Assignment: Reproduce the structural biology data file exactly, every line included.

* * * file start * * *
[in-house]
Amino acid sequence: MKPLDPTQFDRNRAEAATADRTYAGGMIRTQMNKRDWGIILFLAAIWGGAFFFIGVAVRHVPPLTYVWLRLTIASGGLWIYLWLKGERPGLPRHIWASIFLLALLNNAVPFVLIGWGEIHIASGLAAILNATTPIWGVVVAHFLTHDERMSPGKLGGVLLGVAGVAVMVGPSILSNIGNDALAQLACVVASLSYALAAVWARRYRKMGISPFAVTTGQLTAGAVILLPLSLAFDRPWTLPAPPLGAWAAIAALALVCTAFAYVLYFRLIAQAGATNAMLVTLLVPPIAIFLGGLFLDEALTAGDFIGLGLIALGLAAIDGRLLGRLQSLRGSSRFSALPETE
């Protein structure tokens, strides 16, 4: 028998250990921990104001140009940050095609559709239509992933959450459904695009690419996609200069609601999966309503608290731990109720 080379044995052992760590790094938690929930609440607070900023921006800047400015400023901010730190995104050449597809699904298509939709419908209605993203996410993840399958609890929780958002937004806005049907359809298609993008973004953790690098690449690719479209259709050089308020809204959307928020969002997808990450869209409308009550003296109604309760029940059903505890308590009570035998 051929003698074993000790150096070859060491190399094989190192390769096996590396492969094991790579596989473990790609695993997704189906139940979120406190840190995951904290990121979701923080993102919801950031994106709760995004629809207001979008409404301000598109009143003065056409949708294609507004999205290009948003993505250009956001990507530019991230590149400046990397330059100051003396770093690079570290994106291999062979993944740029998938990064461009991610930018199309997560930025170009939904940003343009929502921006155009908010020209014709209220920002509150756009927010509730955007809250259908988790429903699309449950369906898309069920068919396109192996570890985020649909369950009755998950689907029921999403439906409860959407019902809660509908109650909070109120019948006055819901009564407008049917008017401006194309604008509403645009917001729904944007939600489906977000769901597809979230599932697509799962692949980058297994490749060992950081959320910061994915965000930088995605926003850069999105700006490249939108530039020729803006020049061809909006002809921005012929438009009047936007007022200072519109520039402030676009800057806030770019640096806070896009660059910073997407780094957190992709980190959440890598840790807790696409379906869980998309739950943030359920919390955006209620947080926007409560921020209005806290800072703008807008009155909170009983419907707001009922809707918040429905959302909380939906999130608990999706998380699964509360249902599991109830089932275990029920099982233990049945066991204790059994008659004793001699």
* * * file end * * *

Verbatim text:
[in-house]
Amino acid sequence: MKPLDPTQFDRNRAEAATADRTYAGGMIRTQMNKRDWGIILFLAAIWGGAFFFIGVAVRHVPPLTYVWLRLTIASGGLWIYLWLKGERPGLPRHIWASIFLLALLNNAVPFVLIGWGEIHIASGLAAILNATTPIWGVVVAHFLTHDERMSPGKLGGVLLGVAGVAVMVGPSILSNIGNDALAQLACVVASLSYALAAVWARRYRKMGISPFAVTTGQLTAGAVILLPLSLAFDRPWTLPAPPLGAWAAIAALALVCTAFAYVLYFRLIAQAGATNAMLVTLLVPPIAIFLGGLFLDEALTAGDFIGLGLIALGLAAIDGRLLGRLQSLRGSSRFSALPETE
């Protein structure tokens, strides 16, 4: 028998250990921990104001140009940050095609559709239509992933959450459904695009690419996609200069609601999966309503608290731990109720 080379044995052992760590790094938690929930609440607070900023921006800047400015400023901010730190995104050449597809699904298509939709419908209605993203996410993840399958609890929780958002937004806005049907359809298609993008973004953790690098690449690719479209259709050089308020809204959307928020969002997808990450869209409308009550003296109604309760029940059903505890308590009570035998 051929003698074993000790150096070859060491190399094989190192390769096996590396492969094991790579596989473990790609695993997704189906139940979120406190840190995951904290990121979701923080993102919801950031994106709760995004629809207001979008409404301000598109009143003065056409949708294609507004999205290009948003993505250009956001990507530019991230590149400046990397330059100051003396770093690079570290994106291999062979993944740029998938990064461009991610930018199309997560930025170009939904940003343009929502921006155009908010020209014709209220920002509150756009927010509730955007809250259908988790429903699309449950369906898309069920068919396109192996570890985020649909369950009755998950689907029921999403439906409860959407019902809660509908109650909070109120019948006055819901009564407008049917008017401006194309604008509403645009917001729904944007939600489906977000769901597809979230599932697509799962692949980058297994490749060992950081959320910061994915965000930088995605926003850069999105700006490249939108530039020729803006020049061809909006002809921005012929438009009047936007007022200072519109520039402030676009800057806030770019640096806070896009660059910073997407780094957190992709980190959440890598840790807790696409379906869980998309739950943030359920919390955006209620947080926007409560921020209005806290800072703008807008009155909170009983419907707001009922809707918040429905959302909380939906999130608990999706998380699964509360249902599991109830089932275990029920099982233990049945066991204790059994008659004793001699």